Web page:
Working with clients is just one part of our jobs as ABA professionals. Another important part is communicating with supervisors, parents, co-workers, and other stakeholders we interact with day to day. Here, we’re covering all things related to professional communication and feedback.
Communication isn’t always easy, especially when it involves an emergency or a program that is not working. If you are an RBT, ABA therapist, or teacher, you’ll spend more time with a learner than a BCBA on a regular basis. You’ll know best when a program isn’t working, and it’s your right to provide feedback to the BCBA on behalf of the learner. You’ll also have opportunities to receive feedback from BCBAs, your supervisors, and other colleagues.
We discuss giving and receiving feedback and how to approach those interactions appropriately, including timing, format, and demeanor. In the professional feedback model from the Princeton Child Development Institute, there are several key steps to follow, and we walk through each of those. We also talk about common communication obstacles, what to do if you feel defensive when receiving feedback or criticism, and tips for communicating with parents.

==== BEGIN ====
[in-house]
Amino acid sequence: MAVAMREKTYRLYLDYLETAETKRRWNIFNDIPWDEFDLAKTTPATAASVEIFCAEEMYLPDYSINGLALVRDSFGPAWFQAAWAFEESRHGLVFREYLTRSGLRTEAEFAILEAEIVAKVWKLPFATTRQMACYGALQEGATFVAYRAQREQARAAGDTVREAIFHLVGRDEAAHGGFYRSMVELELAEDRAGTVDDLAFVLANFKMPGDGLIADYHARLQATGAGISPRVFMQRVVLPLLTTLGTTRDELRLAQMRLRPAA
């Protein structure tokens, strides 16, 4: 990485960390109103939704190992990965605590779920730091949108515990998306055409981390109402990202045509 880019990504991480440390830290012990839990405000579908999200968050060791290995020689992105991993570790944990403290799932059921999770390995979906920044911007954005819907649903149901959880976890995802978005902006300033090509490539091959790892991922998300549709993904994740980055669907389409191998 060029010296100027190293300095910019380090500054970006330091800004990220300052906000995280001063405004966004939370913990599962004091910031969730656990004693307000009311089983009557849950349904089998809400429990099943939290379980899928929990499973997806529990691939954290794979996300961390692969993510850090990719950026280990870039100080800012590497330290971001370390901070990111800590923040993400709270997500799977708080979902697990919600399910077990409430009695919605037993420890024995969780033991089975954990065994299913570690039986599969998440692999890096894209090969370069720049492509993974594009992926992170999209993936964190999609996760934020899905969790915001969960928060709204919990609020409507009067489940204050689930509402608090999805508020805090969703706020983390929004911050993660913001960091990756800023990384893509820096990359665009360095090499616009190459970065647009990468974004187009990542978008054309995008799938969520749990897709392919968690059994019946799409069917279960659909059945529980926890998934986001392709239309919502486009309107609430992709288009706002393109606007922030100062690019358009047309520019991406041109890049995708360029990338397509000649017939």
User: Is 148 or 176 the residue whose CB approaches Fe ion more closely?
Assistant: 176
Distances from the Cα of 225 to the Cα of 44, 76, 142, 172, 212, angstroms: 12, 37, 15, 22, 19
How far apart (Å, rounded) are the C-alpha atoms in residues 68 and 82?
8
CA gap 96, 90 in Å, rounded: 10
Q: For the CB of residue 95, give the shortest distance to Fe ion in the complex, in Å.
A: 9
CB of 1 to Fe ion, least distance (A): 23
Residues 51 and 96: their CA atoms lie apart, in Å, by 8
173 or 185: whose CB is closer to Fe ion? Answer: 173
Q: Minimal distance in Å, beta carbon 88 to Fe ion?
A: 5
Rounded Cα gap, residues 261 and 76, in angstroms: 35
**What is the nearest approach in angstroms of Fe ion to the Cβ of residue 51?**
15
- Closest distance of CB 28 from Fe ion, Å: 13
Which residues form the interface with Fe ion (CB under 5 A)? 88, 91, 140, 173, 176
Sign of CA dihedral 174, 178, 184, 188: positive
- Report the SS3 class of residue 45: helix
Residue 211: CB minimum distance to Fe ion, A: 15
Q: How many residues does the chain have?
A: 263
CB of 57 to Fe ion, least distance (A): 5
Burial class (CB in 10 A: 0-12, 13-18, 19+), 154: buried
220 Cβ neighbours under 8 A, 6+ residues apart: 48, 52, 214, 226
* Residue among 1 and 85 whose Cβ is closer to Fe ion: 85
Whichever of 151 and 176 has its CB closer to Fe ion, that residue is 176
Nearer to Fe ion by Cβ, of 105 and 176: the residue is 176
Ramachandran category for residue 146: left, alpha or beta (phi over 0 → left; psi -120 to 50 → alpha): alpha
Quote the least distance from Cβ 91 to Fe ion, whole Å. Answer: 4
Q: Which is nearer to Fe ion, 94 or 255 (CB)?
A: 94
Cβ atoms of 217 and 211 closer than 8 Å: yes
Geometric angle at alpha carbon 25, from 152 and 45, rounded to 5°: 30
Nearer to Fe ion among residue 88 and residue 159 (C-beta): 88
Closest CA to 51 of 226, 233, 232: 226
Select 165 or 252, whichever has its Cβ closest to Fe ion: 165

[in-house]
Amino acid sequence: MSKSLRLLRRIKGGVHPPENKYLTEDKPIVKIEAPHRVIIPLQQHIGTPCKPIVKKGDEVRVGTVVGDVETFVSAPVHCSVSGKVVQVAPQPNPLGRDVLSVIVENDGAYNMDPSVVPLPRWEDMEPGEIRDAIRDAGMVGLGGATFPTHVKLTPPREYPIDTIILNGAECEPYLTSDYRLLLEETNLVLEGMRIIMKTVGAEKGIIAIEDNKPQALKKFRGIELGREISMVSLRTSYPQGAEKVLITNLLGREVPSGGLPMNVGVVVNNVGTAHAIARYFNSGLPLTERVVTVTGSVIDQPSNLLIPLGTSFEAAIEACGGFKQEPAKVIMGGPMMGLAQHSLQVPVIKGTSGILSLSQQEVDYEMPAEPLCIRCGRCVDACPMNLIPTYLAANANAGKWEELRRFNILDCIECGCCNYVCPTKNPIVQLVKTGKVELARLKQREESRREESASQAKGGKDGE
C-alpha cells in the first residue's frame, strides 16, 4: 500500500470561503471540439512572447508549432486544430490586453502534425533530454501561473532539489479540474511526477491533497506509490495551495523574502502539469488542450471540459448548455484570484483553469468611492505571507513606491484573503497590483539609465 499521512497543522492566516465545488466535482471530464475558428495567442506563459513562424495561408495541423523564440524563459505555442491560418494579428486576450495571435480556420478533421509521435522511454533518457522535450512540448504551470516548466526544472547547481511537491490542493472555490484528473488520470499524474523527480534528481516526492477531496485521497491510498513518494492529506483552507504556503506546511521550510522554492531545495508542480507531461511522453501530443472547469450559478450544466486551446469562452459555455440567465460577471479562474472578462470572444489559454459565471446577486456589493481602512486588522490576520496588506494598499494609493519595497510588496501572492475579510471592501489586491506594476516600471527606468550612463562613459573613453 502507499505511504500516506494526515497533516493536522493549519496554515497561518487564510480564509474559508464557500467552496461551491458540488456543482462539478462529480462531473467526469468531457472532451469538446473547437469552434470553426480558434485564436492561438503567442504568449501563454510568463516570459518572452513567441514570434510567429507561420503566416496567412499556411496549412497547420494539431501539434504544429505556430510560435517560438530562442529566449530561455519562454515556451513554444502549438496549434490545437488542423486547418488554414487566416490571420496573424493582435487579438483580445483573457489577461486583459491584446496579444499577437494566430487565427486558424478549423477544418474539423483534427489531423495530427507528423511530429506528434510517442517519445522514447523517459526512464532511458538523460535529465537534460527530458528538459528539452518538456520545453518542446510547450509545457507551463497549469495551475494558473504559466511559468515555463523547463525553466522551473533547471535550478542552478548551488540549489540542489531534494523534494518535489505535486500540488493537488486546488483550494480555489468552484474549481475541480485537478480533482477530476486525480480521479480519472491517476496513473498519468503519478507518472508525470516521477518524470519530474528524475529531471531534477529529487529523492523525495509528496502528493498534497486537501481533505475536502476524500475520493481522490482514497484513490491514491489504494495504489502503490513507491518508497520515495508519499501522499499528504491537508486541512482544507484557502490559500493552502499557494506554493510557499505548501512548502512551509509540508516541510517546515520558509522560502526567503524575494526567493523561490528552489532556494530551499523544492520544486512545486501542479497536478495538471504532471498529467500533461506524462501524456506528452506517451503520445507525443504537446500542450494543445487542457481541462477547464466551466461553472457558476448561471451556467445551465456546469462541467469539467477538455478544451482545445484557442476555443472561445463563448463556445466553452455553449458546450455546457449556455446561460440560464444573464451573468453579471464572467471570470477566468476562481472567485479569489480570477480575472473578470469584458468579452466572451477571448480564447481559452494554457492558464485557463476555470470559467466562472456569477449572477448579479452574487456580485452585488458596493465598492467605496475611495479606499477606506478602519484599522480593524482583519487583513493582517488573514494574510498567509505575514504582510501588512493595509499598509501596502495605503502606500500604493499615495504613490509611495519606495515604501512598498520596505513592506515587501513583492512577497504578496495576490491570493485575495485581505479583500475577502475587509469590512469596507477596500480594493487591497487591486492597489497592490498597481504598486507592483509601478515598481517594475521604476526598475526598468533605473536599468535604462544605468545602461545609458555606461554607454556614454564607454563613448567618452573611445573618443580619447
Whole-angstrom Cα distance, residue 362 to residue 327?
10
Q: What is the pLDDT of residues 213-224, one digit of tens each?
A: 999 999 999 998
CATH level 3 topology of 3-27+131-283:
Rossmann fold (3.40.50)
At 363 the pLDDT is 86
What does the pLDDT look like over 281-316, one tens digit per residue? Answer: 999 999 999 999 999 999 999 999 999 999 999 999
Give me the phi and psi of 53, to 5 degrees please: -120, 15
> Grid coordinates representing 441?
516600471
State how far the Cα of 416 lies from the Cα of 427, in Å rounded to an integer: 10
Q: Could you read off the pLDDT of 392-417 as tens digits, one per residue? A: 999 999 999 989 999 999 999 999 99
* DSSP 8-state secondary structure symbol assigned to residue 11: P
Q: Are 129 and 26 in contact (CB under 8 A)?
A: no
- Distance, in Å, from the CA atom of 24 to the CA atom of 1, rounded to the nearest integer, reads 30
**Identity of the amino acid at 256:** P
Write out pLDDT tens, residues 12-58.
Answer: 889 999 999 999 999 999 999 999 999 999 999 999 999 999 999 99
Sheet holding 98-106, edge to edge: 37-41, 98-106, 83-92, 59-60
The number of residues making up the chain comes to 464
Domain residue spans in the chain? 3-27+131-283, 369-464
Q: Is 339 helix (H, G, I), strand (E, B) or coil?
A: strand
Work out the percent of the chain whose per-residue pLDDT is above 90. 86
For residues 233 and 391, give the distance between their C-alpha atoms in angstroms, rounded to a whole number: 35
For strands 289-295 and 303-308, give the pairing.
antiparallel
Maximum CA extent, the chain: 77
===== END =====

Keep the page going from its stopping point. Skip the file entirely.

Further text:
Our training library The Bx Blueprint has many useful resources to use to learn more about professional communication and feedback. Get access to this invaluable resource for ABA professionals right now!
- How to give and receive feedback.
- Common communication obstacles.
- Tips for communicating with parents.